Note that setting up a basic DHCP server on an internal, local network is relatively straightforward. Also, even if you don't want to manage your own server full time, it's invaluable to enable a basic server when setting up a new device for the first time, such as a surveillance camera. Many cameras ship with installation software that isn't necessary and potentially not trustworthy. Also, many cameras now ship without a MAC Address label, so it can be difficult to determine how it initially booted. However, by running your own DHCP server, you can typically force the camera to use an available, known IP Address and identify the MAC address. Once you have this, you can directly log into the camera via your browser without ever having to deal with the manufacturer's installation software.

Installation on Ubuntu 18.04

Prior to installation, you may notice that an /etc/dhcp directory already exists. If it does exist, then this directory most likely contains configuration files for the DHCP client (e.g, dhclient.conf). Keep in mind that a Linux host can act as both a DHCP server and a DHCP client for retrieving its own IP and DNS address from an upstream DHCP server.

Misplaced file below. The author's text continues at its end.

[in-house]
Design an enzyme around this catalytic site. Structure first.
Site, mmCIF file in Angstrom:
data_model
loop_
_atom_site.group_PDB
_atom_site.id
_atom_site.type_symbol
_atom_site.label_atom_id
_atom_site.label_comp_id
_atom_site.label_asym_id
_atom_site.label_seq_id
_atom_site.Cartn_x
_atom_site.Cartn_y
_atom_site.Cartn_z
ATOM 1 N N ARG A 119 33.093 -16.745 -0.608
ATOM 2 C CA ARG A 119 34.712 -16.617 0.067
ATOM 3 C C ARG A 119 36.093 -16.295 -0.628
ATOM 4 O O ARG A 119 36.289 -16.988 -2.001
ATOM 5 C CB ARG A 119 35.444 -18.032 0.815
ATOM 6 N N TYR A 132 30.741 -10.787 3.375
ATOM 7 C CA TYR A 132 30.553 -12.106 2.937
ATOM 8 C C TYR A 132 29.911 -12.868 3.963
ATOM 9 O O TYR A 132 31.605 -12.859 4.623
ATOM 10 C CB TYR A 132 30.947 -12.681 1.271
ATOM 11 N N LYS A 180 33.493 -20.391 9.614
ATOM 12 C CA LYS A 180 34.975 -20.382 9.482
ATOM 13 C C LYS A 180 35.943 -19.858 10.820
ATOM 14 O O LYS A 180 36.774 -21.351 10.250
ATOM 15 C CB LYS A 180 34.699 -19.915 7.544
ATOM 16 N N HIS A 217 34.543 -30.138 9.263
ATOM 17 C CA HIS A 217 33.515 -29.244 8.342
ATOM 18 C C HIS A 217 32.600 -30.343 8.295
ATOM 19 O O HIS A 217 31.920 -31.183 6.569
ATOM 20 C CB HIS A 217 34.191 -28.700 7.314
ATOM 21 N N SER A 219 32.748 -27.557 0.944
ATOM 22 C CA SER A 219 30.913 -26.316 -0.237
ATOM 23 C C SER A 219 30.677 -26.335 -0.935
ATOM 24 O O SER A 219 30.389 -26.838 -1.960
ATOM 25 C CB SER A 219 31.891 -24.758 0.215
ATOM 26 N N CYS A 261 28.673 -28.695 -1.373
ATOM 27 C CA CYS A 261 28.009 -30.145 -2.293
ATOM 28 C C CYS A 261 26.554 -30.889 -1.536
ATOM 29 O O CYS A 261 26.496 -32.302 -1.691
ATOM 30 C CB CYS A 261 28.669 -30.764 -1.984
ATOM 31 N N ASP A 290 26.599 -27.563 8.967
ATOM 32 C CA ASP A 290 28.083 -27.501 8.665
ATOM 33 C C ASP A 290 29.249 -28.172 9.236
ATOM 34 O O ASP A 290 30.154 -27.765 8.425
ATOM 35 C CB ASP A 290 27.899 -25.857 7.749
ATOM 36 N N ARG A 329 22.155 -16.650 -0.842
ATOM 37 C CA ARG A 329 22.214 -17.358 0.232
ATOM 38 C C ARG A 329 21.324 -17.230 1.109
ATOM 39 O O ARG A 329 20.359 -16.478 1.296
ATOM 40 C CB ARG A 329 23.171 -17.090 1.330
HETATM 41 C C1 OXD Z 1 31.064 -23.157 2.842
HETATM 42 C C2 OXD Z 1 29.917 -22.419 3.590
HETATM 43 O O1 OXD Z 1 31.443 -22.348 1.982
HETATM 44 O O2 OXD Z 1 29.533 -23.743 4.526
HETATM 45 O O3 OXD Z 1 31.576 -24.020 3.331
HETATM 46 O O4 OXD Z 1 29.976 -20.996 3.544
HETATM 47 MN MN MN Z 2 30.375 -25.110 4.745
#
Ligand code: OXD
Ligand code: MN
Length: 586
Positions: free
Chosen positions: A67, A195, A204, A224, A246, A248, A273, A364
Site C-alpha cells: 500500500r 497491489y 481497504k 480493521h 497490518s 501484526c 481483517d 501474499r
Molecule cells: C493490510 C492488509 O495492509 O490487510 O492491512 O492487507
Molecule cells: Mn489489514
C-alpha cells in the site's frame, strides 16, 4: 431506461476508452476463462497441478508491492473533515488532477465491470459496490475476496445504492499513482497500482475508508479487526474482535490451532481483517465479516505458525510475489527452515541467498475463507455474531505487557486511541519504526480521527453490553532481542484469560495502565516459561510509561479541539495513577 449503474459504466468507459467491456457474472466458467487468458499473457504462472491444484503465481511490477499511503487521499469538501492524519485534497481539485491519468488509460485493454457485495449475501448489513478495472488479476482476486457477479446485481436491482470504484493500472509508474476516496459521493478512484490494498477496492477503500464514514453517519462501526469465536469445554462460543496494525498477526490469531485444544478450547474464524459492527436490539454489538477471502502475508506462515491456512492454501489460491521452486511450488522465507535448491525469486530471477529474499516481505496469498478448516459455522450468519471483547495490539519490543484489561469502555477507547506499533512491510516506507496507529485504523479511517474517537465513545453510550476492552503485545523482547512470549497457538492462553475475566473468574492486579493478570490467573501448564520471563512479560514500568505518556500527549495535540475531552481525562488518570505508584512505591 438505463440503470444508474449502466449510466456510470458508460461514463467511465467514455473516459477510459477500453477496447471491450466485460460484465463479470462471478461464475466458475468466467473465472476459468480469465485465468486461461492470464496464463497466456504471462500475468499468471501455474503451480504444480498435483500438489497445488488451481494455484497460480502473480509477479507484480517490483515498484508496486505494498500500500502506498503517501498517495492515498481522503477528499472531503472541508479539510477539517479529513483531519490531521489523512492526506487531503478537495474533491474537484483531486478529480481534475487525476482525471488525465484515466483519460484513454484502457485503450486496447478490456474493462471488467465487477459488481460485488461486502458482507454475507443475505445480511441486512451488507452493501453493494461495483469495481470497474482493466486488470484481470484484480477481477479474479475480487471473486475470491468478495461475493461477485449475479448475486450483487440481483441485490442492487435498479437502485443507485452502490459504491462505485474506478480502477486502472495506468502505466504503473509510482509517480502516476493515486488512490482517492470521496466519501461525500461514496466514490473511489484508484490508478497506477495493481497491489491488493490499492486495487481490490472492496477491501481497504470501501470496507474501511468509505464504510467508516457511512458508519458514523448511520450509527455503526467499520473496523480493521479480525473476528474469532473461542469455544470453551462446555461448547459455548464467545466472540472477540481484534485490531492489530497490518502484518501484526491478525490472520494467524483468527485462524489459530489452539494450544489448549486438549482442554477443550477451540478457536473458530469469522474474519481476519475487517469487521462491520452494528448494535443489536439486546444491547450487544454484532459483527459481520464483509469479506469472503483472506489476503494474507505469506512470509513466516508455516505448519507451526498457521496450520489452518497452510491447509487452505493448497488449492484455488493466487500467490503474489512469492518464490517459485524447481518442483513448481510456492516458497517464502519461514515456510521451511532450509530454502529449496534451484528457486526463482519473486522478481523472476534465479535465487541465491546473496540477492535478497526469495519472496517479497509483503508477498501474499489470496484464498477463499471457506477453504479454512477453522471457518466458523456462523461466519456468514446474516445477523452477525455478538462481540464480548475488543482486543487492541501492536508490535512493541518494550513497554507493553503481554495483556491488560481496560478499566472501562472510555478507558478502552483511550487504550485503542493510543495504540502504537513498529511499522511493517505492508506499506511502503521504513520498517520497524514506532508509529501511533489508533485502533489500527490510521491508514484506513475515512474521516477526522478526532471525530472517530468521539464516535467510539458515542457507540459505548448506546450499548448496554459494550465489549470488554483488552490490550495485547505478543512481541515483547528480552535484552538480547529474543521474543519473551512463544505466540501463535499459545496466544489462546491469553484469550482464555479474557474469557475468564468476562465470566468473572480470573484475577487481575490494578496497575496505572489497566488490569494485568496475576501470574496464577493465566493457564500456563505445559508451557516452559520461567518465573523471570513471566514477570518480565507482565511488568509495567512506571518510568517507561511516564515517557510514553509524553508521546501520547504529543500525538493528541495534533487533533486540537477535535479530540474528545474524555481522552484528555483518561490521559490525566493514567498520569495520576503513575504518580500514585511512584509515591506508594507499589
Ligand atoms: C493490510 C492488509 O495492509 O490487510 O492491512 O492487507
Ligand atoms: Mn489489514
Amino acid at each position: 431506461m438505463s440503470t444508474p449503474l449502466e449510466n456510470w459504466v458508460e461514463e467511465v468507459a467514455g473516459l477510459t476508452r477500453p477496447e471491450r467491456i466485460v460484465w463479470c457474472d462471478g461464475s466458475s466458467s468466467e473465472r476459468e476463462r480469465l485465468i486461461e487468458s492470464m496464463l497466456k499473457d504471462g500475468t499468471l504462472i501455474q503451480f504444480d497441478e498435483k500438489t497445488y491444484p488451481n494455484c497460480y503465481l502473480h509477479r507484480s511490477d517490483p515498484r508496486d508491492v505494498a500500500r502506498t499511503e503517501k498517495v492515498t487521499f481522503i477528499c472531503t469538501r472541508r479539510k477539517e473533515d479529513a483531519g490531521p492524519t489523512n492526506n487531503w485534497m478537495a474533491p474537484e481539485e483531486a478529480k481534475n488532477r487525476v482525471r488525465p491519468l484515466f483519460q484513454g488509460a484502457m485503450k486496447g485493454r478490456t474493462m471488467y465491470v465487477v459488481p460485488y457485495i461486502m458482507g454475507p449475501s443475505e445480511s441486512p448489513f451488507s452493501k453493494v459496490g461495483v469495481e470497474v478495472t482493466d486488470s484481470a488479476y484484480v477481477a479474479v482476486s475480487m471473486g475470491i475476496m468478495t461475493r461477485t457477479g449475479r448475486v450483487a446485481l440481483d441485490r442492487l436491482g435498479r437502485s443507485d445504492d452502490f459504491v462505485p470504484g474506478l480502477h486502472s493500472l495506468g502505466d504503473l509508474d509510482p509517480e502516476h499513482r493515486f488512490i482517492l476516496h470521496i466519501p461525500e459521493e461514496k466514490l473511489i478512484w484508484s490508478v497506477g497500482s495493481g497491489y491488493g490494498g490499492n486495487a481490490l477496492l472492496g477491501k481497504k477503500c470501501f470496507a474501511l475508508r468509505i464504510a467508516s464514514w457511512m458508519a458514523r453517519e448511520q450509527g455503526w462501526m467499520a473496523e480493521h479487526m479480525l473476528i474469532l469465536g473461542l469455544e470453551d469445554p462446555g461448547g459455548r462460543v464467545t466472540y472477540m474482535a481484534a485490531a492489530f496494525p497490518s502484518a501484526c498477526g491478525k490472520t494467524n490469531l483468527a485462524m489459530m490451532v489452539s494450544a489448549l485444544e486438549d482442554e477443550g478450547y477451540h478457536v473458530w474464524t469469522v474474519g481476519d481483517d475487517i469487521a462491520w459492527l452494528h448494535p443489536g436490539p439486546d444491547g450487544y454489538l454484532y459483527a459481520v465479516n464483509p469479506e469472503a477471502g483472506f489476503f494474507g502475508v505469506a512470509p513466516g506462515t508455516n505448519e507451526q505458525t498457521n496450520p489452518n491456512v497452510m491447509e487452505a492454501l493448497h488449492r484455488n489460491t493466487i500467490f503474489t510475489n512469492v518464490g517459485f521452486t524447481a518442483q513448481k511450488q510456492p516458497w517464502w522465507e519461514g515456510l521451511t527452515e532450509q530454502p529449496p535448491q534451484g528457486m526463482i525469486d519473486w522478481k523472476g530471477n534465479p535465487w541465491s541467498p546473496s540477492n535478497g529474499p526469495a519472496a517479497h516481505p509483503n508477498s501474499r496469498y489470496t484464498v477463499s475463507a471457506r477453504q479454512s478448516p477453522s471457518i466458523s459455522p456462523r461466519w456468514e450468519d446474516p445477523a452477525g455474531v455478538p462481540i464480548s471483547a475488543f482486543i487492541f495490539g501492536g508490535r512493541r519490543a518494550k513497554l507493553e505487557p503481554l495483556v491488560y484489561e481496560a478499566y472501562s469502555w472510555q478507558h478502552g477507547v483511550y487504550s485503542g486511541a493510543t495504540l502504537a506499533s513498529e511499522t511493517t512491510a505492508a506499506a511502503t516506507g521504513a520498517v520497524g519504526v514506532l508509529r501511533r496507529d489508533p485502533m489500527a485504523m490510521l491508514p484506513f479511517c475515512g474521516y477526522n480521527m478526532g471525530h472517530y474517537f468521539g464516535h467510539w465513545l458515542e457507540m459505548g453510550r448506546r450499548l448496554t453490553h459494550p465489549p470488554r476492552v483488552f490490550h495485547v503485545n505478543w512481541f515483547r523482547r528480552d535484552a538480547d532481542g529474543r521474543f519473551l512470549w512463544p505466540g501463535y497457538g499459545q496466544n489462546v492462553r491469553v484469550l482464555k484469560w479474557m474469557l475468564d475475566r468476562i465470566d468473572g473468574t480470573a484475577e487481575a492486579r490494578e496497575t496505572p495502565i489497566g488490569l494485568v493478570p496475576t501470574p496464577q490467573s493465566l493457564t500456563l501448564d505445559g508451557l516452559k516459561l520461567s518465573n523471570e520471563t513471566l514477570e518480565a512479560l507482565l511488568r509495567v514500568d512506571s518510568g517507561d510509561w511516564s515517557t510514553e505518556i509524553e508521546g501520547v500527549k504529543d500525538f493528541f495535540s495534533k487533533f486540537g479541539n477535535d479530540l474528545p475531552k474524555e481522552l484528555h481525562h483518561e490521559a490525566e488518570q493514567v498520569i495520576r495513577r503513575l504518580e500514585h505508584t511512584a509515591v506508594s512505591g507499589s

After a fresh Ubuntu installation, we find the following files in /etc/dhcp:

$ ls
debug  dhclient.conf  dhclient-enter-hooks.d  dhclient-exit-hooks.d
If you want to see your dhclient in action, type the following:
$ sudo dhclient -v <interface> # e.g., enp2s0

To install the DHCP server, type the following:

$ sudo apt install isc-dhcp-server

$ dhcpd --version

The DHCP server doesn't start automatically after installation since it first requires configuration:

$ ps -e | grep dhcp	

However, we can see that the DHCP server will start automatically on subsequent reboots:

ls -l /etc/rc5.d/*dhcp*
lrwxrwxrwx 1 root root 25 Mar 29 01:13 /etc/rc5.d/S04isc-dhcp-server -> ../init.d/isc-dhcp-server


Important Files

File Purpose
/etc/dhcp/dhcpd.conf DHCP server configuration file for IPv4
/etc/dhcp/dhcpd6.conf DHCP server configuration file for IPv6
/etc/init.d/isc-dhcp-server DHCP initialization script
/etc/default/isc-dhcp-server Defaults for DHCP initialization script